Irish Rail drivers reject Labour Court recommendation on pay

It had recommended a 1.15% increase in pay

Irish Rail drivers reject Labour Court recommendation on pay

File photo shows Heuston Station in Dublin in 2008 | Image: Mark Stedman/RollingNews.ie

Train drivers at Irish Rail have rejected a Labour Court recommendation on pay.

They voted by 83% to 17% to reject a recommendation over pay and productivity measures.

The Labour Court had recommended a 1.15% pay increase to drivers, on top of a 7.5% increase to all employees over three years agreed last month.

It was hoped this would see driver training guaranteed into the future, to allow for an expanded service.

Iarnród Éireann says it "regrets the decision" by SIPTU and NBRU to reject the recommendation.

The company claims non-cooperation with driver mentoring over the past 20 months has resulted in repeated delays to the introduction of an increased DART frequency, and prevented expansion in other services.

It also says this is blocking career progression for trainee drivers.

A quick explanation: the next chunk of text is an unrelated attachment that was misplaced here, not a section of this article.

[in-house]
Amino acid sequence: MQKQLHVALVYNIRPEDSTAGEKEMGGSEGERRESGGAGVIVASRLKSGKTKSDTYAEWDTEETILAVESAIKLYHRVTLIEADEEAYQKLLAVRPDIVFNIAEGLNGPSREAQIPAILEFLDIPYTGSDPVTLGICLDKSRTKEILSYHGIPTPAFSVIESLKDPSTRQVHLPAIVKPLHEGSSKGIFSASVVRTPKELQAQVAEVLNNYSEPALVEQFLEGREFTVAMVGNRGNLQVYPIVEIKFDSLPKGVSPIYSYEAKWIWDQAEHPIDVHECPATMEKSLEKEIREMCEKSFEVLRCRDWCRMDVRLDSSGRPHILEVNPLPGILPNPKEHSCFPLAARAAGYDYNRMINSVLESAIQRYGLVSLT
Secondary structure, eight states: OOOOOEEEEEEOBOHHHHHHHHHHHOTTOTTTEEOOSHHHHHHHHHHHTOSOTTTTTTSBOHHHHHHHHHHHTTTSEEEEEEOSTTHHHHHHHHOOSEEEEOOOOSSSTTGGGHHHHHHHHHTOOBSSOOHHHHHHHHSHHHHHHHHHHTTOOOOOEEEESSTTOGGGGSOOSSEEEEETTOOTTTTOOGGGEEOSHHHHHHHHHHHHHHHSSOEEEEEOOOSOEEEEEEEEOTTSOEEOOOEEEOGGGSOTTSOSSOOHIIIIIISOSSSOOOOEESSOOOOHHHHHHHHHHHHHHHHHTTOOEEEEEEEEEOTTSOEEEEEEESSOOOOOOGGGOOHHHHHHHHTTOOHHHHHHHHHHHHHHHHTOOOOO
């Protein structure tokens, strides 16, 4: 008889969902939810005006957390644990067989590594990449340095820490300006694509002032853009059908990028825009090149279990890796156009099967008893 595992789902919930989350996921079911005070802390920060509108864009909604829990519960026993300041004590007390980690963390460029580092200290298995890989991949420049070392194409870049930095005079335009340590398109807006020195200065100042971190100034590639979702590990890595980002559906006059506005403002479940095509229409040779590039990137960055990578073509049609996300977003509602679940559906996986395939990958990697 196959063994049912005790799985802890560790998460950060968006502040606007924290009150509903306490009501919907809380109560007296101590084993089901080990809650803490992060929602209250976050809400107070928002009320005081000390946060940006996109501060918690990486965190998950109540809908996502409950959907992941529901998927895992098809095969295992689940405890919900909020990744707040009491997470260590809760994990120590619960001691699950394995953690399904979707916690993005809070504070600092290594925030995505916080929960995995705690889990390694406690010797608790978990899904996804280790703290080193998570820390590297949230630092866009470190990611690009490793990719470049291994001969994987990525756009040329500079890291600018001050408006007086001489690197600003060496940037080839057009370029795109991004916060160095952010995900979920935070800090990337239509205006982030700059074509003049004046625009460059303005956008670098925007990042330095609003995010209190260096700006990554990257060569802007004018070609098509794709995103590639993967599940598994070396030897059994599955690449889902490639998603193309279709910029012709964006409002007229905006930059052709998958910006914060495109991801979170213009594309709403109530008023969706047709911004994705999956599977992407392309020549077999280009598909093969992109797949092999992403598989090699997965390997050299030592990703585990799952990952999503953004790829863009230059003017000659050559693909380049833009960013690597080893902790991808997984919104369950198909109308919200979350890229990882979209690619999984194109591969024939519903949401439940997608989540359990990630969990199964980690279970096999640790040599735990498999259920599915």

Irish Rail management says it will "urgently consider" the outcome of the ballot.

SIPTU organiser, Paul Cullen, says: "The result of this ballot demonstrates the depth of dissatisfaction among our members in the driving grade of Irish Rail following the failure of management to deal with their outstanding issues over the last number of years.

"It is also indicative of the shortcomings of management in dealing with industrial relation matters in Irish Rail and the dismissive behaviour displayed by the CEO of Irish Rail following a recent Labour Court recommendation on pay."

NBRU General-Secretary Dermot O’Leary adds: "There has been quite an amount of dissatisfaction among drivers over recent times, not least because of the anti-worker agenda being pursued by the senior management team at Irish Rail.

"The recent debacle around the Labour Court awarded 'goodwill voucher' its restriction to one outlet and the application process for it is systematic of this anti frontline worker approach."